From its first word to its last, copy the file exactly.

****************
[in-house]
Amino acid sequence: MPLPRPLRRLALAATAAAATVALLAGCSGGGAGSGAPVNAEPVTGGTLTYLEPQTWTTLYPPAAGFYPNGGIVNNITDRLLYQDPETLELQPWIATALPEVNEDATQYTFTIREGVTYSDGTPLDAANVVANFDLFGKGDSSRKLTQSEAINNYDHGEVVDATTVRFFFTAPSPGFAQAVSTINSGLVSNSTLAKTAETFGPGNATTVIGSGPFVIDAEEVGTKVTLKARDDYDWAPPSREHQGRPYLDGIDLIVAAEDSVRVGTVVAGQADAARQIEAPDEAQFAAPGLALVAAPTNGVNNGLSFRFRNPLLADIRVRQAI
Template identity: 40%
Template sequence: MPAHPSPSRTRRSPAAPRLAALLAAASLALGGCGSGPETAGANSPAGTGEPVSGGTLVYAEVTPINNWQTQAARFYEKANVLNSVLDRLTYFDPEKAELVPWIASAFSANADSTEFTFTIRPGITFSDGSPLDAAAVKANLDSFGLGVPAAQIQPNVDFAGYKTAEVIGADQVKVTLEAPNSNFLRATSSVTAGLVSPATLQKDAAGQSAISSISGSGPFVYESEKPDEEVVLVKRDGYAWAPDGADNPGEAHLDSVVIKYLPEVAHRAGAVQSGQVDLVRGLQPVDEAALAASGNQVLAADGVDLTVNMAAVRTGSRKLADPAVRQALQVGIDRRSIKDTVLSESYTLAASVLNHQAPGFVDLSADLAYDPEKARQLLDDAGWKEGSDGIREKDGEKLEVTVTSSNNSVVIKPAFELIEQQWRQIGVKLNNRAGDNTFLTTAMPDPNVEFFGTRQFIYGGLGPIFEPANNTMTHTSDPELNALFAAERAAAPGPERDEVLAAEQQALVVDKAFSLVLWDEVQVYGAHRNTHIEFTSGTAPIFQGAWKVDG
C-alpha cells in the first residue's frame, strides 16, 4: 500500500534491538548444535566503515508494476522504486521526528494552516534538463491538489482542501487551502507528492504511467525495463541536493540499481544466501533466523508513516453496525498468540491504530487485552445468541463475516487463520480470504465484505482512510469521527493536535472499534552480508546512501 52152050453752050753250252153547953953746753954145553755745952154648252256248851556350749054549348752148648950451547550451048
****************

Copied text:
[in-house]
Amino acid sequence: MPLPRPLRRLALAATAAAATVALLAGCSGGGAGSGAPVNAEPVTGGTLTYLEPQTWTTLYPPAAGFYPNGGIVNNITDRLLYQDPETLELQPWIATALPEVNEDATQYTFTIREGVTYSDGTPLDAANVVANFDLFGKGDSSRKLTQSEAINNYDHGEVVDATTVRFFFTAPSPGFAQAVSTINSGLVSNSTLAKTAETFGPGNATTVIGSGPFVIDAEEVGTKVTLKARDDYDWAPPSREHQGRPYLDGIDLIVAAEDSVRVGTVVAGQADAARQIEAPDEAQFAAPGLALVAAPTNGVNNGLSFRFRNPLLADIRVRQAI
Template identity: 40%
Template sequence: MPAHPSPSRTRRSPAAPRLAALLAAASLALGGCGSGPETAGANSPAGTGEPVSGGTLVYAEVTPINNWQTQAARFYEKANVLNSVLDRLTYFDPEKAELVPWIASAFSANADSTEFTFTIRPGITFSDGSPLDAAAVKANLDSFGLGVPAAQIQPNVDFAGYKTAEVIGADQVKVTLEAPNSNFLRATSSVTAGLVSPATLQKDAAGQSAISSISGSGPFVYESEKPDEEVVLVKRDGYAWAPDGADNPGEAHLDSVVIKYLPEVAHRAGAVQSGQVDLVRGLQPVDEAALAASGNQVLAADGVDLTVNMAAVRTGSRKLADPAVRQALQVGIDRRSIKDTVLSESYTLAASVLNHQAPGFVDLSADLAYDPEKARQLLDDAGWKEGSDGIREKDGEKLEVTVTSSNNSVVIKPAFELIEQQWRQIGVKLNNRAGDNTFLTTAMPDPNVEFFGTRQFIYGGLGPIFEPANNTMTHTSDPELNALFAAERAAAPGPERDEVLAAEQQALVVDKAFSLVLWDEVQVYGAHRNTHIEFTSGTAPIFQGAWKVDG
C-alpha cells in the first residue's frame, strides 16, 4: 500500500534491538548444535566503515508494476522504486521526528494552516534538463491538489482542501487551502507528492504511467525495463541536493540499481544466501533466523508513516453496525498468540491504530487485552445468541463475516487463520480470504465484505482512510469521527493536535472499534552480508546512501 52152050453752050753250252153547953953746753954145553755745952154648252256248851556350749054549348752148648950451547550451048